We have previously written articles regarding unfair contract terms.
The Australian Consumer Law is contained in the Competition and Consumer Act 2010. This Federal Legislation seeks to provide protection to consumers where there is a standard form contract used for the provision of goods or services. A standard form contract is one which a company uses for all its customers and is typically provided on a ‘take it or leave it basis’- for example, mobile phone contracts or internet provider contracts to name just a couple.
The provisions of the Australian Consumer Law allow a consumer to argue that a contract, or particular terms of a contract, are unfair and to seek compensation for any loss that is incurred as a consequence of this.
Generally, a term of a standard form contract is unfair if it would cause a significant imbalance in the parties’ rights and obligations arising under the contract, is not reasonably necessary to protect an interest of the party being advantaged by the term and would cause detriment to a party if it were to be relied upon.
These protections apply to an individual who acquires goods or services, as well as small businesses. A small business is defined as one which has 20 or less employees and where the upfront price payable is less than $300,000 or $1 million for contracts lasting more than 12 months.
As of 10 November 2023, there are going to be some significant changes to the Australian Consumer Law. These changes include:
- broadening the definition of a ‘small business’ to encompass businesses with up to 100 employees or annual turnovers of up to $10 million (and the removal of any reference to the value of the contract);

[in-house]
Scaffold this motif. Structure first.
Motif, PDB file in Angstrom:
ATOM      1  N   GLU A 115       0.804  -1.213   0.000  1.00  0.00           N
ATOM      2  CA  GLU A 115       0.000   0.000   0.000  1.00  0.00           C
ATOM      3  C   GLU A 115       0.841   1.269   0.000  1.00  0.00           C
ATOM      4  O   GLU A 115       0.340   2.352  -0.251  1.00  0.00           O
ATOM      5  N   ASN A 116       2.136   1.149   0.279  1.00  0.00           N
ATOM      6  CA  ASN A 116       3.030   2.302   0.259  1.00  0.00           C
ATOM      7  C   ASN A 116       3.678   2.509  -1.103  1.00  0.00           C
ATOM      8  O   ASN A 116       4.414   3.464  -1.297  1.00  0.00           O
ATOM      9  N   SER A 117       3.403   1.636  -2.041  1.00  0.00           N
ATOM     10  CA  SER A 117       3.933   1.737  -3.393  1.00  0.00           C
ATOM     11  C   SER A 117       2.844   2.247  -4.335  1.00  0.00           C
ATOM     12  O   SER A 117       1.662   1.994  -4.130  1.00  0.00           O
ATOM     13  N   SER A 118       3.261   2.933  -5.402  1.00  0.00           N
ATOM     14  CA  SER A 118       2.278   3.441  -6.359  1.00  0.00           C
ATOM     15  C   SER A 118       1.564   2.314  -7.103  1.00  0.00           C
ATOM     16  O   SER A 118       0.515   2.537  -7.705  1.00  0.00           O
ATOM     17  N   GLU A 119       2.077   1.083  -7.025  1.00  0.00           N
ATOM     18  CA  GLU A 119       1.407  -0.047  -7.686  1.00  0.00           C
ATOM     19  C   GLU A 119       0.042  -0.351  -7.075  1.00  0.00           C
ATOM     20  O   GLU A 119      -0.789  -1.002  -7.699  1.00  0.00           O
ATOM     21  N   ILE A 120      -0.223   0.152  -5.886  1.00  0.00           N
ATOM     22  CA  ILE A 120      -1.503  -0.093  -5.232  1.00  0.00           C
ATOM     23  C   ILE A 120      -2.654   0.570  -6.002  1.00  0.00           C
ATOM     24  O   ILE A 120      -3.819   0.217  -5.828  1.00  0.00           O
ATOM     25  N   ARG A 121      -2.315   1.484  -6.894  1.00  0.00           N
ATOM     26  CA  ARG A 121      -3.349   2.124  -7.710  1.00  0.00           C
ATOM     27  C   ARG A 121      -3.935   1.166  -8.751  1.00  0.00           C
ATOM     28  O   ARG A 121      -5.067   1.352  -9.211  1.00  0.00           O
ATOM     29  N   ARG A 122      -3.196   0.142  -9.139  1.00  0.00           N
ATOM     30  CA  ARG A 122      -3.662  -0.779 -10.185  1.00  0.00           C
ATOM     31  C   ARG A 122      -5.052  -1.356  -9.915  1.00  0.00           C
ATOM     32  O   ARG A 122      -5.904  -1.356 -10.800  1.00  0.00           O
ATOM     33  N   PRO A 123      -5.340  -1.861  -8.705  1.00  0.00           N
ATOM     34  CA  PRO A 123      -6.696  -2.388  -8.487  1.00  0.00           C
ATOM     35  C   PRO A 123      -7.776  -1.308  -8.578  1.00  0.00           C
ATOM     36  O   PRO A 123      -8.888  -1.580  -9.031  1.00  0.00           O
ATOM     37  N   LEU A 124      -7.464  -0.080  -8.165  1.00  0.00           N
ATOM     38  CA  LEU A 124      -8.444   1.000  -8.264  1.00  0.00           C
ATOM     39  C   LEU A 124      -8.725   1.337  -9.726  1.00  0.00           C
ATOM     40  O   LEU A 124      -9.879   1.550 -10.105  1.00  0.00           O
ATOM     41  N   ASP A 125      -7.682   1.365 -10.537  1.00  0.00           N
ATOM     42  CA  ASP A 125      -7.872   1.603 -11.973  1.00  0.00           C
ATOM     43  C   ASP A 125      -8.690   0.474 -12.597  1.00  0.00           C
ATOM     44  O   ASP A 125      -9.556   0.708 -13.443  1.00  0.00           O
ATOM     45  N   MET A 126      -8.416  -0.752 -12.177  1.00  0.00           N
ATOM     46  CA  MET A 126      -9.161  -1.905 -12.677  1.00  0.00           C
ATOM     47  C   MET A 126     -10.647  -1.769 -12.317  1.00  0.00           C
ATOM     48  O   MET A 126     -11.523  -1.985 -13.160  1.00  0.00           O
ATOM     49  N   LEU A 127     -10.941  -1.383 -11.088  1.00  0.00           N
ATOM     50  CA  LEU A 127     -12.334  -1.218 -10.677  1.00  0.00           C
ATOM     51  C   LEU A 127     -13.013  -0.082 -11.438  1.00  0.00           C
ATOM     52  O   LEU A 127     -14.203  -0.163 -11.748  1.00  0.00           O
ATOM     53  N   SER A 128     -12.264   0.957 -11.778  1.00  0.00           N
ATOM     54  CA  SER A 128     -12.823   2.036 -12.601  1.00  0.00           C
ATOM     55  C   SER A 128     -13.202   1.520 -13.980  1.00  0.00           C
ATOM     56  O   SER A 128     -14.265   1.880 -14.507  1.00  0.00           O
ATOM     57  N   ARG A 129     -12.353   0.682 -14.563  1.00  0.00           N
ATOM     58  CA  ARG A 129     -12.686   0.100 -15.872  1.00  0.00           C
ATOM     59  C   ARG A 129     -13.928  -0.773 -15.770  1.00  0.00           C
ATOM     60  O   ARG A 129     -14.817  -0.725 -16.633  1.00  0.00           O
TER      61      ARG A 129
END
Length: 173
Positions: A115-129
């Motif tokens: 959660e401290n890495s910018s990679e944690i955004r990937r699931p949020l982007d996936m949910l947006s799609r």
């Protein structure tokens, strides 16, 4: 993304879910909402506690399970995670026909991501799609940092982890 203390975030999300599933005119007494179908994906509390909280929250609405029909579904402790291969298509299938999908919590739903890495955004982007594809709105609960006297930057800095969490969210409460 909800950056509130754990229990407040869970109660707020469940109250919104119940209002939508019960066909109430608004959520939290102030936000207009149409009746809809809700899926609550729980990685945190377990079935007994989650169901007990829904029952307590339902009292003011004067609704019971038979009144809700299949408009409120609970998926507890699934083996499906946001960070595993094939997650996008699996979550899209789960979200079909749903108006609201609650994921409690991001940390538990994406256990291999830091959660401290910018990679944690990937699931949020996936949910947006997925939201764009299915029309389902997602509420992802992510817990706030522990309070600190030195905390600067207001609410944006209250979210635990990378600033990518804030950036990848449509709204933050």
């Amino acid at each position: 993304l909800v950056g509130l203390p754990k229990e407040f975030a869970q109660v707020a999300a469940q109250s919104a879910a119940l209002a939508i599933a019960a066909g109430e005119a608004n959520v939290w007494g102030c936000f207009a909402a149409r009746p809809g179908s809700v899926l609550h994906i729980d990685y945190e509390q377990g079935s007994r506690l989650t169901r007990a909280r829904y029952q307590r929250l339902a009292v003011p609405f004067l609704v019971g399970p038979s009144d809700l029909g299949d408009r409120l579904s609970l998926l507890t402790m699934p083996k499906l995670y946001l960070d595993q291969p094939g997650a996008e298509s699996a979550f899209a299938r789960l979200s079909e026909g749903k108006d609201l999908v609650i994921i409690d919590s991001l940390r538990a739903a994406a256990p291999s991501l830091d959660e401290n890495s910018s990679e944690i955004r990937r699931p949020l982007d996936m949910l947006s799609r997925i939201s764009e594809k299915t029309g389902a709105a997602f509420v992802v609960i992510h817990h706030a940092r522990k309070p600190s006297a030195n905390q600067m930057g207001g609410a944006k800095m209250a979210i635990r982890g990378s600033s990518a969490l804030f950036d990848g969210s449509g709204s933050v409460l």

- banning businesses from proposing, using or relying on unfair contract terms in standard form contracts;
- providing a mechanism for the ACCC to pursue legal action and fine companies. The penalties in this regard can be up to $50 million, three times the value of the benefit derived or 30% of the adjusted turnover during the breach period.
Perhaps the most significant changes insofar as farmers are concerned though are fertiliser contracts.
Fertiliser contracts have long been a bone of contention for farmers. Fertiliser contracts were often provided on a ‘take it or leave it’ situation, with the farmers having little to no negotiating power. To make matters worse, these contracts in some instances contained potentially unfair terms, such as the ability of the supplier to vary the quantity of product to be delivered without the farmers agreement, or the restriction of the farmers ability to complain about any defects with the products supplied.
As a result of an investigation by the Australian Competition and Consumer Commission into fertiliser companies and the use of potentially unfair contract provisions, suppliers in the fertiliser industry have reached an agreement to revise their contract terms.
This is a significant win, but farmers will need to take steps to ensure that any contracts they enter into are in line with the revised contract terms agreed to by the fertiliser industry.